CEPS Students Win Prestigious International Routing Contest

A team of students at the University of Guelph have won the 2024 Runtime-First FPGA Interchange Routing Contest. Teammates Charlotte Barnes, Dani Maarouf and Timothy Martin in the College of Engineering and Physical Sciences, and members of the Guelph FPGA CAD Group, won with their solution, GRoute. The team was supervised by Drs. Shawki Areibi and Gary Grewal.

Field Programmable Gate Arrays (FPGAs) are integrated circuits composed of programmable logic blocks and interconnects that can be configured to implement any digital hardware circuit. Today, FPGA technologies are being used to implement a wide range of applications that are revolutionizing society, including accelerating 4K workloads in data centers, performing sensor fusion and object detection in autonomous vehicles, and enabling efficient medical imaging and gene processing, among many others. FPGAs, however, face their own challenges. As FPGA applications and devices grow in size and complexity, so does the time to map a circuit design onto an FPGA. Large, industrial designs can easily take months to successfully implement on an FPGA, thus limiting their time-to-market advantage over other hardware technologies and their full deployment.

In 2024, Advanced Micro Devices (AMD) – the world’s largest FPGA vendor – inaugurated the Runtime-First FPGA Interchange Routing Contest. The primary goal of the contest was to encourage innovation leading to an improvement in FPGA routing runtimes. Routing is a classic problem in the FPGA work flow that involves routing the millions of signals required to connect the various hardware components on the FPGA. Routing directly impacts the performance of the software design tools, and accounts for up to 85 per cent of the total time in the FPGA design flow.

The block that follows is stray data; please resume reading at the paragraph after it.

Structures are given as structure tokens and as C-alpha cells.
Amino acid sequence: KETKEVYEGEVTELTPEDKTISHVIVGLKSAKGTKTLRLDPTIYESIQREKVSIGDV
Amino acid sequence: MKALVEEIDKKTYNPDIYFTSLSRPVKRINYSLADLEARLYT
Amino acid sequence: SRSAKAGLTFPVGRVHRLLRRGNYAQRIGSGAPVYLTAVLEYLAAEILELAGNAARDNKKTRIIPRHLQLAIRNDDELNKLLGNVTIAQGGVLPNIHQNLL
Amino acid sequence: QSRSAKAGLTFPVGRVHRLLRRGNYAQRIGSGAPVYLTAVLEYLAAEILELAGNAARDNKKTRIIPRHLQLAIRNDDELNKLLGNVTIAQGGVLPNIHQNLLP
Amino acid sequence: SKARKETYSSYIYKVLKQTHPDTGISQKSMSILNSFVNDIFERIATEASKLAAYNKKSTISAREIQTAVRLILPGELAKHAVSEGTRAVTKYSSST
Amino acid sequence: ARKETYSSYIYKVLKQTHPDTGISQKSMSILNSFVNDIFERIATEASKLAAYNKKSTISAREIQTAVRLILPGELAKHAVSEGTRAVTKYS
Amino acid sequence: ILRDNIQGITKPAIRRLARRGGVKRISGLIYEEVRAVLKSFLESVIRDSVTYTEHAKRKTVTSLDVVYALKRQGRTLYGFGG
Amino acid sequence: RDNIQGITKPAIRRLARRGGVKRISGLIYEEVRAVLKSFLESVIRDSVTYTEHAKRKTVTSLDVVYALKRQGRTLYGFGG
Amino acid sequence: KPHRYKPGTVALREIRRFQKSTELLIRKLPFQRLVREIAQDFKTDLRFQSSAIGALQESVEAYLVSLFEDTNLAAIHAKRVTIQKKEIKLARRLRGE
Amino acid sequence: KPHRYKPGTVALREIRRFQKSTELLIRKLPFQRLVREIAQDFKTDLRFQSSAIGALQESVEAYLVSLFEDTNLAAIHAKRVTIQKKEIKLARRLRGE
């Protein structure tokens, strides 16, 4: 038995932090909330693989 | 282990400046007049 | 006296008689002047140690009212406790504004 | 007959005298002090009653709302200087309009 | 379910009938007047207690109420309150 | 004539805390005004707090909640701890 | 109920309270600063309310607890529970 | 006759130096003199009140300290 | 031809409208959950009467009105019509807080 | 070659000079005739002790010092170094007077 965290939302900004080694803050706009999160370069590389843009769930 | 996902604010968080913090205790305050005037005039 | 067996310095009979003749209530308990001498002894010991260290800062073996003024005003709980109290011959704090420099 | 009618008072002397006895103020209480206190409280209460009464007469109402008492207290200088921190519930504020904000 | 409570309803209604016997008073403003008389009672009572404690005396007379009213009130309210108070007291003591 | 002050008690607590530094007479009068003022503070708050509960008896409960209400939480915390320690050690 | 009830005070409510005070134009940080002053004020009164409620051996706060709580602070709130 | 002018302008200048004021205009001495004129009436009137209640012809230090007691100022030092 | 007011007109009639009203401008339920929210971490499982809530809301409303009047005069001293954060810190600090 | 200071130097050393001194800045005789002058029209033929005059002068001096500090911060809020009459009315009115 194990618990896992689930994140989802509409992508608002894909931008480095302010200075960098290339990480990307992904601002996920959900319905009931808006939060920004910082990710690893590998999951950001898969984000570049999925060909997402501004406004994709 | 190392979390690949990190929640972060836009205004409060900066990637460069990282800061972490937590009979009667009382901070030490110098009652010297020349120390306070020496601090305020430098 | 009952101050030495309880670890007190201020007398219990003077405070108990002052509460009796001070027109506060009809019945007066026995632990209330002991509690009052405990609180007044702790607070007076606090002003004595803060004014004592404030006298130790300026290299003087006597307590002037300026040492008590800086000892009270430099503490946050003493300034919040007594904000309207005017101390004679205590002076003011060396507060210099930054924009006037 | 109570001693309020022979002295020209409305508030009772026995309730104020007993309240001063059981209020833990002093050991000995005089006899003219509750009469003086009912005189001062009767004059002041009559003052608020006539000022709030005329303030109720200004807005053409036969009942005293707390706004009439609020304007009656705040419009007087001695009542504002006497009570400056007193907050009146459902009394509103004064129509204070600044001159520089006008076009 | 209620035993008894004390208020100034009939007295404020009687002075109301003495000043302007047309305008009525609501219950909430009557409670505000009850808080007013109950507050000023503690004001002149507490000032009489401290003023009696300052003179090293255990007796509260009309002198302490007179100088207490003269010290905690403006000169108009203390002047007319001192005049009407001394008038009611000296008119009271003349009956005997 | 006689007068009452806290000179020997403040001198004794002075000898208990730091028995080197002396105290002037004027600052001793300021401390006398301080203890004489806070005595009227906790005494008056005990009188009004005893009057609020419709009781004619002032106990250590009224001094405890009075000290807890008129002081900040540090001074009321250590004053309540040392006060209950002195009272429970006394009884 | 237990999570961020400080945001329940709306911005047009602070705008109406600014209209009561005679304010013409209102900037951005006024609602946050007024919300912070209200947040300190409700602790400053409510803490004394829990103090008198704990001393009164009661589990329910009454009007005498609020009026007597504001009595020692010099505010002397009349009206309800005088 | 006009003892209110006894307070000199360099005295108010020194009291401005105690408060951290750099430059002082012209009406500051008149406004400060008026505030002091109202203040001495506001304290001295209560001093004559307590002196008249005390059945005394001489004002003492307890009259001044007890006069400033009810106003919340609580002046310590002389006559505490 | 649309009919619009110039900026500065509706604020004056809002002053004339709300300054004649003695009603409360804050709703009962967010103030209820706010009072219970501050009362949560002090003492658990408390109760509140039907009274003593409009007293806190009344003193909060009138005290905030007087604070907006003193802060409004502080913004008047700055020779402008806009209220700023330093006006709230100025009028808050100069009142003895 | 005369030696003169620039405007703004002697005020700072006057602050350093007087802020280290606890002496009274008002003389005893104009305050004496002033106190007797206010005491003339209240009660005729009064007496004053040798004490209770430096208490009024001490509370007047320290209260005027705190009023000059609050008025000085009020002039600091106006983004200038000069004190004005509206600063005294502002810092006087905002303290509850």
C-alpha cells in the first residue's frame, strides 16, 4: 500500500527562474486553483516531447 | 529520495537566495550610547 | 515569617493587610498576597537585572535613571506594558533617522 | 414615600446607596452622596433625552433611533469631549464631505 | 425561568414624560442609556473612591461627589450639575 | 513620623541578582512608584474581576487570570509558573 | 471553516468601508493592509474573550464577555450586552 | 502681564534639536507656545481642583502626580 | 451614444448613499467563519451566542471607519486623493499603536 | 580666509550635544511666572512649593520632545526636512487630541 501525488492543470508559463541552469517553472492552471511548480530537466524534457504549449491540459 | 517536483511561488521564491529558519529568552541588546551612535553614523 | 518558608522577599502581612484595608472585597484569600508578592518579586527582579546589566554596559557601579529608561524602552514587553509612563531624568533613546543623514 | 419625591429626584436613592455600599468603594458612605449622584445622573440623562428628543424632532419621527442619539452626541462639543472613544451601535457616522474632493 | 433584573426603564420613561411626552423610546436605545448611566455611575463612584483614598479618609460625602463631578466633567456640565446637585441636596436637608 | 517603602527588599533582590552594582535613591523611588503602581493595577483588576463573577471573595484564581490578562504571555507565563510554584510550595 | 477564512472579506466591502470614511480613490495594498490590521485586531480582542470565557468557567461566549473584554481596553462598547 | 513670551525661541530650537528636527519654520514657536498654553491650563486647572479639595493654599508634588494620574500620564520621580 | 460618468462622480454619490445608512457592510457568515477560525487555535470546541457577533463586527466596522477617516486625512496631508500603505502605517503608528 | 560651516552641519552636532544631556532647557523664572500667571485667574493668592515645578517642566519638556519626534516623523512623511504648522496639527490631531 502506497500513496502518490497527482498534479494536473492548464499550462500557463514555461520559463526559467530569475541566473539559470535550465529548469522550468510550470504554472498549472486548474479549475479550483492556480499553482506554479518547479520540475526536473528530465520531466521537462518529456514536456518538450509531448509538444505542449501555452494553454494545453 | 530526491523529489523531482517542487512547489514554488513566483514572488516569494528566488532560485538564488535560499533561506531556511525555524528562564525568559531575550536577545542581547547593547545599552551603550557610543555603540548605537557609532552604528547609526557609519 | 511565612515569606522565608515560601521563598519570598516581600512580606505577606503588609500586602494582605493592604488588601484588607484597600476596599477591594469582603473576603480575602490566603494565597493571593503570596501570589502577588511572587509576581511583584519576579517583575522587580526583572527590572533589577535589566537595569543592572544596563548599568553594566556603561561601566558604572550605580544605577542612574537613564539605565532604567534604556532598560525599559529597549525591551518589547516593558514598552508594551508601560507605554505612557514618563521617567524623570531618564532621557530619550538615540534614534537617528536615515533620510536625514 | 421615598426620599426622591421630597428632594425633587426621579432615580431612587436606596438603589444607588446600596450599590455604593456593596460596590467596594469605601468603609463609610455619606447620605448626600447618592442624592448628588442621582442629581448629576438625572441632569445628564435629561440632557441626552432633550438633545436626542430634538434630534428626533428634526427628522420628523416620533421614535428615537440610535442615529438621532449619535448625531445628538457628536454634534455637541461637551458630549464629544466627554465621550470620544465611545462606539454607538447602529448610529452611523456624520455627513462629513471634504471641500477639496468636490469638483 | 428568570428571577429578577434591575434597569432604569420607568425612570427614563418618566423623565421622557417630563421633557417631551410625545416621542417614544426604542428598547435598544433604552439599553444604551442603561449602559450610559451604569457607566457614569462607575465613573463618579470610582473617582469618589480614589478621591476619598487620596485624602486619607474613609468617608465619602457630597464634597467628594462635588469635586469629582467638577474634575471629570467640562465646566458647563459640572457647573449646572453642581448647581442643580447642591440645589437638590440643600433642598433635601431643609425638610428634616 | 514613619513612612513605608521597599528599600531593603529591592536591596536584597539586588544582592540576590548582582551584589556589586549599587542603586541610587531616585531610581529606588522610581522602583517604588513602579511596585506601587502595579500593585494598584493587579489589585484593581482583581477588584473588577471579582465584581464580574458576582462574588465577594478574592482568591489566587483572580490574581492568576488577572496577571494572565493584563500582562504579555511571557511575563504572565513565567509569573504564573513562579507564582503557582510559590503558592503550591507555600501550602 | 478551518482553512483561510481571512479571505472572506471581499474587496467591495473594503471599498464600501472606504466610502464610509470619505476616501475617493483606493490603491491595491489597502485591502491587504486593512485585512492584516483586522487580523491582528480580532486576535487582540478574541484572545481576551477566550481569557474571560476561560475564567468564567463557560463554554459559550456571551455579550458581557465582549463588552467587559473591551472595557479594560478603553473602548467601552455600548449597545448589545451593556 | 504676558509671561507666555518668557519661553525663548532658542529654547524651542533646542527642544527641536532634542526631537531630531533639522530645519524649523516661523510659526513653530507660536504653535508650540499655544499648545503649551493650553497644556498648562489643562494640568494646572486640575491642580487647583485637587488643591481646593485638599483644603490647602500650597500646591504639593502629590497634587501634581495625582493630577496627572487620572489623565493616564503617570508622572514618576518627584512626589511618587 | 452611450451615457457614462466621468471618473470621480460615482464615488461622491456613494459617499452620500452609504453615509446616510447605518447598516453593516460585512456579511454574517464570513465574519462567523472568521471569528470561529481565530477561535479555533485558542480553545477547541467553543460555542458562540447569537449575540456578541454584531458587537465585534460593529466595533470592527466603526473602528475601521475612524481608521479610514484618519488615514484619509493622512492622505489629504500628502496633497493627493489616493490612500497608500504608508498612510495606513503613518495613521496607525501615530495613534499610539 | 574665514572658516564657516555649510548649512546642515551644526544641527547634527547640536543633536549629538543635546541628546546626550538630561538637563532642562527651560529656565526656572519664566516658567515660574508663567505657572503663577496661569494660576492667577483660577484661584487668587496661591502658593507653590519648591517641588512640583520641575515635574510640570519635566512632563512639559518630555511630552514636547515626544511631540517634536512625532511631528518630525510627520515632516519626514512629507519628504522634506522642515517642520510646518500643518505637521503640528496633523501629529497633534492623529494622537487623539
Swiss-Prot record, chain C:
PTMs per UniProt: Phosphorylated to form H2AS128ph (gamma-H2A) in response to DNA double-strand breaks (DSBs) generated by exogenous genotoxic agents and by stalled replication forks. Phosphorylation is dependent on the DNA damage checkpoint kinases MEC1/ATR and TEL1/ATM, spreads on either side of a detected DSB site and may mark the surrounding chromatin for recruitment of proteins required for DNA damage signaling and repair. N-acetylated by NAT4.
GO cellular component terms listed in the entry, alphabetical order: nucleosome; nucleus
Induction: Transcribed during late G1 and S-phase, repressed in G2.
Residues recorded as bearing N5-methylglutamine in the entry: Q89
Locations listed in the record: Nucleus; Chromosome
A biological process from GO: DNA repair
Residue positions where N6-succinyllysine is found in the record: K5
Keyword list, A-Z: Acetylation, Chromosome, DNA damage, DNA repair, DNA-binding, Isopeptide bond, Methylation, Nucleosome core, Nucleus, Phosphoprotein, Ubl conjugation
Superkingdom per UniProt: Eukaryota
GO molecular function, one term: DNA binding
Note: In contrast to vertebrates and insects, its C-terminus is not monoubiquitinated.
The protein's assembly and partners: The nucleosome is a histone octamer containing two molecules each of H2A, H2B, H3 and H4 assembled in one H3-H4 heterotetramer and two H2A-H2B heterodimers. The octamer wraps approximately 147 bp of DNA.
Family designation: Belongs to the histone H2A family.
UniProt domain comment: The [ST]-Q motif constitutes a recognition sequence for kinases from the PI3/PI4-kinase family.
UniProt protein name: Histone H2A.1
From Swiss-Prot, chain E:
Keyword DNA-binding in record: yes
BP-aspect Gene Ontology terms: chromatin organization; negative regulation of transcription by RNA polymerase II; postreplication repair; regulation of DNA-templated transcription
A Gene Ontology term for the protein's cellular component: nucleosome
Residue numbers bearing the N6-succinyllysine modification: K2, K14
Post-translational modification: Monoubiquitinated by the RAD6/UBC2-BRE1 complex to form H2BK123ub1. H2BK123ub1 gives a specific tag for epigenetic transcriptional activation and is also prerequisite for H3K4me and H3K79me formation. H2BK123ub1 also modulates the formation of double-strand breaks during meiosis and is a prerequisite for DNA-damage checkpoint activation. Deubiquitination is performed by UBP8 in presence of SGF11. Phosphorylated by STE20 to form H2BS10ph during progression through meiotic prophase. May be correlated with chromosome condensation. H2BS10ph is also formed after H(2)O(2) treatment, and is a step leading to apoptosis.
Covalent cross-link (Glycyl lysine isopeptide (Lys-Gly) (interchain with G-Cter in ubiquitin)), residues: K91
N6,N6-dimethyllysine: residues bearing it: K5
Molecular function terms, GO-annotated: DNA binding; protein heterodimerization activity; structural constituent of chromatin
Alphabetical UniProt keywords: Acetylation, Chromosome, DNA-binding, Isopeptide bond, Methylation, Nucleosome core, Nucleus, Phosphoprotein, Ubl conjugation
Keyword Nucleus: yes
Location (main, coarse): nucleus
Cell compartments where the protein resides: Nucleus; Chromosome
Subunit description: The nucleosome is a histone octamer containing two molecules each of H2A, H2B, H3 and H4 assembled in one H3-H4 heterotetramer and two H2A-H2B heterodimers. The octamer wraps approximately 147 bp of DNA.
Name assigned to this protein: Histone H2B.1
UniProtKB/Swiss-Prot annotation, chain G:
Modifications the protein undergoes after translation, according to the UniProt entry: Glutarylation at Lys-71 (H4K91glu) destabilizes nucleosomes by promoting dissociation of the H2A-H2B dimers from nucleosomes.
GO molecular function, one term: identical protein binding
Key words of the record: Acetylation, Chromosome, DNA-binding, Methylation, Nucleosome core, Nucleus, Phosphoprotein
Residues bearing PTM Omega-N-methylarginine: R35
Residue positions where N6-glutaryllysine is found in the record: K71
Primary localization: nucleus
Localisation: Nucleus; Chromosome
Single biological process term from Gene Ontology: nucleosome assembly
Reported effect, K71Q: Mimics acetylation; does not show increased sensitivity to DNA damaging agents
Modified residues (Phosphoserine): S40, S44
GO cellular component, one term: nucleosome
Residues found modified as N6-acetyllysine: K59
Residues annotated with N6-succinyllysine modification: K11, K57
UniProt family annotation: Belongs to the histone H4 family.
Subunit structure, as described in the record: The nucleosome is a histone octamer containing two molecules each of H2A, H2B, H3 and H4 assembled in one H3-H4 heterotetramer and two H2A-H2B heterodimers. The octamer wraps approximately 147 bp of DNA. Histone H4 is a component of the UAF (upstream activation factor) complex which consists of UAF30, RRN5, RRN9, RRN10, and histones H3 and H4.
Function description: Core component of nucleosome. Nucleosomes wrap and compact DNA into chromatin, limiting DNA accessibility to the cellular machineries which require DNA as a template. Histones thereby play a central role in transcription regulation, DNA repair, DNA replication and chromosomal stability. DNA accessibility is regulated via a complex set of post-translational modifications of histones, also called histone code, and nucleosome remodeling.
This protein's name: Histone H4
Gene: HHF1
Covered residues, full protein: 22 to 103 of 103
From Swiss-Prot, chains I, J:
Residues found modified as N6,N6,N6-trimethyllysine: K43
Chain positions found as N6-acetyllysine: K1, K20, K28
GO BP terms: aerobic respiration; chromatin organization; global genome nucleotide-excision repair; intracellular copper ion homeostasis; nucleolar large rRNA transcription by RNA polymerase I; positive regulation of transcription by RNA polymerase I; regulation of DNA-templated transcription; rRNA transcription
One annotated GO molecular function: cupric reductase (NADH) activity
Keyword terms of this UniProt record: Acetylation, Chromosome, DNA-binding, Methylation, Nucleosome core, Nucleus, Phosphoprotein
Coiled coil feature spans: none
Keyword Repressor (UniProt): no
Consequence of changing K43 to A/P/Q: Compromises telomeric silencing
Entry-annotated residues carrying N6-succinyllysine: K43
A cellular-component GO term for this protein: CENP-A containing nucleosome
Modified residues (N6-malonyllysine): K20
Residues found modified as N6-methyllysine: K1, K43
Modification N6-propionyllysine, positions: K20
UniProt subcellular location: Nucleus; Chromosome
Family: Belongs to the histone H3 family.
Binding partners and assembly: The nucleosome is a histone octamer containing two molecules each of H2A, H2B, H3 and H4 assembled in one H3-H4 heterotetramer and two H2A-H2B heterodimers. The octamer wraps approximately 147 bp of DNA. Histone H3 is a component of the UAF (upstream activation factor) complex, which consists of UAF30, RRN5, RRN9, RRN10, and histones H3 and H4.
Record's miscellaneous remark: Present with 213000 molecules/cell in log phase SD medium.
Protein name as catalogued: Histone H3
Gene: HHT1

Over 40 international university and research teams competed in the contest for five top awards. The top five teams were then invited to attend ISFPGA 2024 in Monterey, California, where the contest winners were announced. The winning U of G team's routing tool, called Groute, performed 2.67x faster than the second place router, and over 4x faster than Vivado 2023.2 – AMD’s commercial tool. To support world-wide research in the area of FPGA routing, the Guelph team has decided to make GRoute freely available under an open-source license. Also, the team is currently discussing future collaboration opportunities directly with AMD.

A team representative travelled to the awards ceremony in California to accept the award on U of G's behalf. Their winnings came with a prize of $2,500USD.

 Shawki Areibi, Dani Maarouf, Charlotte Barnes, Timothy Martin, Gary Grewal.

Dr. Shawki Areibi, Dani Maarouf, Charlotte Barnes, Timothy Martin and Dr. Gary Grewal.

Screenshot of winning contest slide

A slide showing the winning U of G team's solution